Jaundiced eyes? I have a slight case of walking pneumonia (I know, I shouldn't be traveling) and I am feeling more and more ill as the quarter hours tick by. Is that a crime to have jaundiced eyes now?

"Jaundiced eyes? What does that mean?"

"Possible terrorist."

I chuckle. "I'm closer to a possible pianist than a terrorist. I don't even own a gun."

She stares at my bared breasts. Asks me to turn around.

"Nothing, right? I mean, I'm too small to hide anything under these fried-egg size breasts." I redress myself above the waist and say, "What does TSA mean?"

Well, besides 'Touch Sensitive Areas' since they fondle you in the name of security. I slide my sweater over my head and pray that my TSA handler's job isn't also her hobby.


Okay; so a sense of humor doesn't work. Fear only heightens the pleasure of their job. So, what do I do now?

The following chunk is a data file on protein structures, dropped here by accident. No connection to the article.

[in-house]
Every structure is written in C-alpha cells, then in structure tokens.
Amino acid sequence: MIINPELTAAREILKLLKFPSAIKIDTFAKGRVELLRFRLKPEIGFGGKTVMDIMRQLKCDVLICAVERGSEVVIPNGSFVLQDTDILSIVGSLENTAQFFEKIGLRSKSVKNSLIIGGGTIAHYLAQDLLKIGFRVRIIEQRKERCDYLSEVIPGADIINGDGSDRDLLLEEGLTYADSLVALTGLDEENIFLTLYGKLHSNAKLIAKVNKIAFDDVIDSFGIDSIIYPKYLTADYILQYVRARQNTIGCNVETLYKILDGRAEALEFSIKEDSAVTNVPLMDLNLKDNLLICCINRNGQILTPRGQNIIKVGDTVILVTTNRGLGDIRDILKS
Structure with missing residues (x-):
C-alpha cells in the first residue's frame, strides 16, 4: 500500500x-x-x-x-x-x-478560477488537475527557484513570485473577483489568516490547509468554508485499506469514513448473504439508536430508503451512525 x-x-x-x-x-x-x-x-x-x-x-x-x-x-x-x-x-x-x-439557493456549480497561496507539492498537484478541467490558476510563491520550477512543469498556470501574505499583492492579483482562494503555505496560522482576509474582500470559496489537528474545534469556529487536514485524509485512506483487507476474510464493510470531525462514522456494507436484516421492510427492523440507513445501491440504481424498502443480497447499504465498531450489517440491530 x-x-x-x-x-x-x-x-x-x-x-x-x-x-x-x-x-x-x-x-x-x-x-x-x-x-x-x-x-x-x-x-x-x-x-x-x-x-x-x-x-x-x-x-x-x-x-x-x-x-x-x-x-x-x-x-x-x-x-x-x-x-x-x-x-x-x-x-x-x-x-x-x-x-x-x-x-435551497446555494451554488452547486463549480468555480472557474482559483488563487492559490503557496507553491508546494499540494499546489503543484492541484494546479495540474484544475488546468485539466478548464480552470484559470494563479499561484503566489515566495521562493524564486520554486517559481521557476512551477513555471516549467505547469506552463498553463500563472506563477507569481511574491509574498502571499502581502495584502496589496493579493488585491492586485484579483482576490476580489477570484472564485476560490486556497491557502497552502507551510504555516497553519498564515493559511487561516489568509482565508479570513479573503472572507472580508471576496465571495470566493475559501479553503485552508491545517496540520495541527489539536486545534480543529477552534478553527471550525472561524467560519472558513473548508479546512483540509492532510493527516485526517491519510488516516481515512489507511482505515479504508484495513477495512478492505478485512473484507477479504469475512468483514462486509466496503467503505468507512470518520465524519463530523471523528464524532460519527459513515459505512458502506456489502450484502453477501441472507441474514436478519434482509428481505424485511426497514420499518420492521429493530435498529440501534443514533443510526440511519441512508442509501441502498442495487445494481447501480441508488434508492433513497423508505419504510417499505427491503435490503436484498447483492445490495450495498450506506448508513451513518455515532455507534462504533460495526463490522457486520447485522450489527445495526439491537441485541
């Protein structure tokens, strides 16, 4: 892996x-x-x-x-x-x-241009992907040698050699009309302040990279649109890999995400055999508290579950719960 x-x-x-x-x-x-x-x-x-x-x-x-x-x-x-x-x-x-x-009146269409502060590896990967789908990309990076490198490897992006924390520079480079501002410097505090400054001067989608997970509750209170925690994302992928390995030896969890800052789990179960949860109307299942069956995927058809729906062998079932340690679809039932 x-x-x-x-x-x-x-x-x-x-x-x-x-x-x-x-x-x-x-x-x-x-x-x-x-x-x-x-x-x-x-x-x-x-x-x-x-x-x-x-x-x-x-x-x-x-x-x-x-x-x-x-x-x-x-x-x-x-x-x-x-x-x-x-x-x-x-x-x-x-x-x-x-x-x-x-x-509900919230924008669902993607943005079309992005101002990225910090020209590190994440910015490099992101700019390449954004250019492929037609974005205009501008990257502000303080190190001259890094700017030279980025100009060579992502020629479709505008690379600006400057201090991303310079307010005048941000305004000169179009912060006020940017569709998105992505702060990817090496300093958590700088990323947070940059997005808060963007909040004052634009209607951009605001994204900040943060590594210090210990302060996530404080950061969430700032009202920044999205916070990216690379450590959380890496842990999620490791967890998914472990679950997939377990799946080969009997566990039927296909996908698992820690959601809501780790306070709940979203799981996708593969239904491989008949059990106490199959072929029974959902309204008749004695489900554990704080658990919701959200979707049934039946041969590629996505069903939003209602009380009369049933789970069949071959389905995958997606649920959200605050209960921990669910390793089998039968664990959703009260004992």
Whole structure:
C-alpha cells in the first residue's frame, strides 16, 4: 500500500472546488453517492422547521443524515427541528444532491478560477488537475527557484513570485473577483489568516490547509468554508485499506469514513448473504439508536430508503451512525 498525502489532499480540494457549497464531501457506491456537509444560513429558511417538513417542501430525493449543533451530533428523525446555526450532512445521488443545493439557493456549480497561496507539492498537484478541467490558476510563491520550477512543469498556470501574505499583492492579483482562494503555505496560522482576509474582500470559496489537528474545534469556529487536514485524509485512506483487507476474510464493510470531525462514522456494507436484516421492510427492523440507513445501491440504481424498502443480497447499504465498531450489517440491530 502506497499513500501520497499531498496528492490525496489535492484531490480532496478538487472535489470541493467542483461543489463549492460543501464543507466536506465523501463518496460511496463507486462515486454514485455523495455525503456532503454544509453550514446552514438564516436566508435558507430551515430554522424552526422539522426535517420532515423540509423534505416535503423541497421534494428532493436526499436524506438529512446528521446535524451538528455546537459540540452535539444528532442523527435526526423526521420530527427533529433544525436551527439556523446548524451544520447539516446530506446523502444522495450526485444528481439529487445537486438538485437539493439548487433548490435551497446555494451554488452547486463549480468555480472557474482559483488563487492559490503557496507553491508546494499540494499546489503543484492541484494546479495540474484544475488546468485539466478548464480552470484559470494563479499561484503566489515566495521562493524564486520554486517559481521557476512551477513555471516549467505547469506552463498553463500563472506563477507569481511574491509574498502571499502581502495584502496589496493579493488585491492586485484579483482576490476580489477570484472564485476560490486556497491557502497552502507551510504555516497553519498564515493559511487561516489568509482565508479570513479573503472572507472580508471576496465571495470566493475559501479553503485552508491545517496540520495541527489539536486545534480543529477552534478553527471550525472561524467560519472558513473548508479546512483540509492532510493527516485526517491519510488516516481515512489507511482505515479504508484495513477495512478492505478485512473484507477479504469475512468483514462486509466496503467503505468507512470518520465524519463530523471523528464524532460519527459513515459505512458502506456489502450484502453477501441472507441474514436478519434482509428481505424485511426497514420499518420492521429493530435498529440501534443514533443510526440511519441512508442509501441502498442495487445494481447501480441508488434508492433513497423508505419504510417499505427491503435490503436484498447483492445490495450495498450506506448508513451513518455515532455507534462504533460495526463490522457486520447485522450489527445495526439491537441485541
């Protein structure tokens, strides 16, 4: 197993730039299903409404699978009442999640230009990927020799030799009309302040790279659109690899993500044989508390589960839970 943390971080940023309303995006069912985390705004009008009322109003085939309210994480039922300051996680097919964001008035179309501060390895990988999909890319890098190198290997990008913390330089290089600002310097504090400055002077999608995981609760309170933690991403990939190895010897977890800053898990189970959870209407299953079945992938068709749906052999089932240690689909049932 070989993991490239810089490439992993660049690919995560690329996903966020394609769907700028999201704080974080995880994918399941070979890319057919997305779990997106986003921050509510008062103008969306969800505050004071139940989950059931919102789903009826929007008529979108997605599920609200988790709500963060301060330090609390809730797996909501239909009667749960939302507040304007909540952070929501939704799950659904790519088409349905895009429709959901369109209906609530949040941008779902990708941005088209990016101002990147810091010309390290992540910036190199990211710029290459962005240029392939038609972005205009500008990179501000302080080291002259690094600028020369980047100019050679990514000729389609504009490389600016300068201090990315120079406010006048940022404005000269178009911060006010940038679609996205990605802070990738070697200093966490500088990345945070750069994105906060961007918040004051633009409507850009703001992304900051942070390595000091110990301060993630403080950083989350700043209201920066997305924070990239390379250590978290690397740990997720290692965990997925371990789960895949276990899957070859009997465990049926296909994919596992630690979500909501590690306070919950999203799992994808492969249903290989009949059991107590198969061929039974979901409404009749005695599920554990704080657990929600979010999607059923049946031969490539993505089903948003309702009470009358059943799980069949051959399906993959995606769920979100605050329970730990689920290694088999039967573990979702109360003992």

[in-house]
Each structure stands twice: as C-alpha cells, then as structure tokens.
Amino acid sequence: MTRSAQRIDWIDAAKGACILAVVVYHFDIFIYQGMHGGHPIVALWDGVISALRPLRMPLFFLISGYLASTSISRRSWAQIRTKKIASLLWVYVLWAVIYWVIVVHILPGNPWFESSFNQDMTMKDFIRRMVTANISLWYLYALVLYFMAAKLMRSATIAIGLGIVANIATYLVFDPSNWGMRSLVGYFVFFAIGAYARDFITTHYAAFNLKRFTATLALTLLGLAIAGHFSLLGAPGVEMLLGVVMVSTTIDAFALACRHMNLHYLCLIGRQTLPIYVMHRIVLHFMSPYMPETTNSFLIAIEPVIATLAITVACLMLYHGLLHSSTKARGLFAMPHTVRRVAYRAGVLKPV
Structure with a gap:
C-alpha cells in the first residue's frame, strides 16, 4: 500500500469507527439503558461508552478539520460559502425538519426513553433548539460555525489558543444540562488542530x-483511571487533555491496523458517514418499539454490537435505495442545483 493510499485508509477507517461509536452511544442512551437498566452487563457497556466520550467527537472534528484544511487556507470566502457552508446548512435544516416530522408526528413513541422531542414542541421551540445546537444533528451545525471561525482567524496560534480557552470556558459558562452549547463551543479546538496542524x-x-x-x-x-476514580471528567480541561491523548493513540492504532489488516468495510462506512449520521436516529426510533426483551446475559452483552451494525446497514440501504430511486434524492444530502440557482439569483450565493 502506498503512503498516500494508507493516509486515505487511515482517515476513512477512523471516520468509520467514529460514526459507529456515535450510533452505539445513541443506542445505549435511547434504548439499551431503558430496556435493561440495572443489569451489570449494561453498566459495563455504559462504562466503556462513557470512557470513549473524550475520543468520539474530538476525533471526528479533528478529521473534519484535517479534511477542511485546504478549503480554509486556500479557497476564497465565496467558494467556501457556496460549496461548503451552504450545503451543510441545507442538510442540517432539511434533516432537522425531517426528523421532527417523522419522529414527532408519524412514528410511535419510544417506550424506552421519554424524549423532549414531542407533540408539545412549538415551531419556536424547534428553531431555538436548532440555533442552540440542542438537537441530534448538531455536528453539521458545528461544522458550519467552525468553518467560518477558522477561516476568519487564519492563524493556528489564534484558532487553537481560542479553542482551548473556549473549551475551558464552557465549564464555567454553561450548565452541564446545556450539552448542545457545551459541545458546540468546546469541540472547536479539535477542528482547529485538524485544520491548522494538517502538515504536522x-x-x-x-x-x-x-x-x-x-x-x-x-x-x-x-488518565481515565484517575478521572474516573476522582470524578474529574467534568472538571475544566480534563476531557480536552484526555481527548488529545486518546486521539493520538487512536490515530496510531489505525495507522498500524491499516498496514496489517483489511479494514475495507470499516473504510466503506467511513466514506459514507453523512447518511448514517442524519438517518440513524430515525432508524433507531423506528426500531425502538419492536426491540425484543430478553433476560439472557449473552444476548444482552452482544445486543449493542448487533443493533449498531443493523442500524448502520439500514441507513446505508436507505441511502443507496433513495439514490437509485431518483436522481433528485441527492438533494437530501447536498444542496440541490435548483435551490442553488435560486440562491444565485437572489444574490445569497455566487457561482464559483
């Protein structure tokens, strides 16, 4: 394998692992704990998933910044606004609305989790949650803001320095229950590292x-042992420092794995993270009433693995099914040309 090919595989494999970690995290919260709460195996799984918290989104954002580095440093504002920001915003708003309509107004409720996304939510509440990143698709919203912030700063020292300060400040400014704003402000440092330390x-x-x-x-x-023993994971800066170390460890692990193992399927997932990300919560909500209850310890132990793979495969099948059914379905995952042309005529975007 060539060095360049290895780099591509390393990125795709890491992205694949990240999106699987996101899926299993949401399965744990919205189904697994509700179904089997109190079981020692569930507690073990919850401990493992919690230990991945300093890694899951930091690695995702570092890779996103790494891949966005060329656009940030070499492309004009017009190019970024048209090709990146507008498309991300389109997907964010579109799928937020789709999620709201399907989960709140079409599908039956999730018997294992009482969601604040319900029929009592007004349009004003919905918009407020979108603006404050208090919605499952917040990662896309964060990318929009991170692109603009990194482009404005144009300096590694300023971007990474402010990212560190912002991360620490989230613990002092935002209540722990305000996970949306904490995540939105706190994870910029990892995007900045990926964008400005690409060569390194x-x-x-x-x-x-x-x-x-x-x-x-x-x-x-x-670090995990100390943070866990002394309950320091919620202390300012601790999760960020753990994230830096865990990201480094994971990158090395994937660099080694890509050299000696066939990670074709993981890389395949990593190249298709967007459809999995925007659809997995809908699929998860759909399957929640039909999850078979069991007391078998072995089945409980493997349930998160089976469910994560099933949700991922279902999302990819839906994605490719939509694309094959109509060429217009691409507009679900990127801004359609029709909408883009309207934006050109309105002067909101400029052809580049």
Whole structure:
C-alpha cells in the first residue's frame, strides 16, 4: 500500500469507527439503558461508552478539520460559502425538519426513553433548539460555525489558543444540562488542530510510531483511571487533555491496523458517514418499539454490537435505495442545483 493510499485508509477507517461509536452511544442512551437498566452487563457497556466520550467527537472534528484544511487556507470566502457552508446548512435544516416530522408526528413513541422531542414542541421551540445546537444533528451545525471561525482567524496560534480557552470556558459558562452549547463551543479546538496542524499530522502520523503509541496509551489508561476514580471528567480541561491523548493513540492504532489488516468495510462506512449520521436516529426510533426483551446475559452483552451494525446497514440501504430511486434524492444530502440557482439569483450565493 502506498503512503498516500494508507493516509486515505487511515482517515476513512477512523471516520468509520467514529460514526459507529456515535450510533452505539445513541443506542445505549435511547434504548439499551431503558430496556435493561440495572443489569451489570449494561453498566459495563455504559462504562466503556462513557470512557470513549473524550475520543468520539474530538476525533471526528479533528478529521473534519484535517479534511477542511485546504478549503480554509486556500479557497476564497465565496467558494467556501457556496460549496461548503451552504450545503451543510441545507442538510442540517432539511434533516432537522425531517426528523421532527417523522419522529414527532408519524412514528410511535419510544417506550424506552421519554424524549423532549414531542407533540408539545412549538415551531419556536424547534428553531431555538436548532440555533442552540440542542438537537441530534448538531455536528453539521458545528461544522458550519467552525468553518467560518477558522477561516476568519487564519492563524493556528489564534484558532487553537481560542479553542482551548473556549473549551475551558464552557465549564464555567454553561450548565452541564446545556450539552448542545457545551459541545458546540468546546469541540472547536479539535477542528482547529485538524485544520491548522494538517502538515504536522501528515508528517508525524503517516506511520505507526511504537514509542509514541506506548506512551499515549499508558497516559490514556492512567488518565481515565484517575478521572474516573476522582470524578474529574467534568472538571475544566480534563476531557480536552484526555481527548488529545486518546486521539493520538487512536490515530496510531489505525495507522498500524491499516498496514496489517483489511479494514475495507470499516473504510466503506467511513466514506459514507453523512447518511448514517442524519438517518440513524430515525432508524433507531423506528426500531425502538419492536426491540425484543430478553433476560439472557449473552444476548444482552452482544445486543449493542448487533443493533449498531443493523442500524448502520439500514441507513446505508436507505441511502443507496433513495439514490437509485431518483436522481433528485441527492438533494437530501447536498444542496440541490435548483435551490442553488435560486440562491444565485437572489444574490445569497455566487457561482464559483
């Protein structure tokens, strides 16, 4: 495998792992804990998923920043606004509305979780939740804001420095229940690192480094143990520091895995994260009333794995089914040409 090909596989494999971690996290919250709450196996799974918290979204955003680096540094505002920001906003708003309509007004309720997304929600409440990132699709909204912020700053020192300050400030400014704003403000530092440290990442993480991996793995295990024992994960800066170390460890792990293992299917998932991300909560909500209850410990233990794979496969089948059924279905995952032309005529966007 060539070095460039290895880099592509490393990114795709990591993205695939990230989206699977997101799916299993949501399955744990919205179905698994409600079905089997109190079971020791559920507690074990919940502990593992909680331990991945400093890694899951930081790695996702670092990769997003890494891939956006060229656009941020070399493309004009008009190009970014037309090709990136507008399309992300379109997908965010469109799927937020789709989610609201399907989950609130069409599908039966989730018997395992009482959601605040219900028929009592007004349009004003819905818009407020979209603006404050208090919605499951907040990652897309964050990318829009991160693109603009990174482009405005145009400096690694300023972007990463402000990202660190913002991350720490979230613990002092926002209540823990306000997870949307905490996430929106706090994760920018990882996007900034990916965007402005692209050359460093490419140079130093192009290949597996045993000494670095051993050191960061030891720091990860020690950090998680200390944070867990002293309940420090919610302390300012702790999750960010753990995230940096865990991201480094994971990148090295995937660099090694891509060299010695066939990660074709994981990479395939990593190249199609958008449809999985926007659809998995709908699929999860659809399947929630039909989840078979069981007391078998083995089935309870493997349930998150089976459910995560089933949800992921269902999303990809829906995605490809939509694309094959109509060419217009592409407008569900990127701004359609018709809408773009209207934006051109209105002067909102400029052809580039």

Just before she orders me to remove everything below my waist, we hear screaming in the 'waiting room' and then dogs barking. My handler opens the door, unconcerned whether I'm dressed or not. The German shepherds' attention immediately target her and before she can slam the door closed, they charge her.

She screams. The door shuts. And the two dogs are in the frigid room with her... and me.

I gulp a breath of panic. She screams. The guard dogs pounce.

A tangle of three heads, two arms, and ten legs wrestle on the floor. I'm perched on the small counter top watching and praying. But, the dogs don't want me. They want her.

The doors are locked from the inside, so all help is denied entry. I watch as her First Amendment rights are violated and wonder if it's payback for her exploration of those two dogs. I noticed one of them did seem to have jaundiced eyes.

I smile. Looks like payback is hell.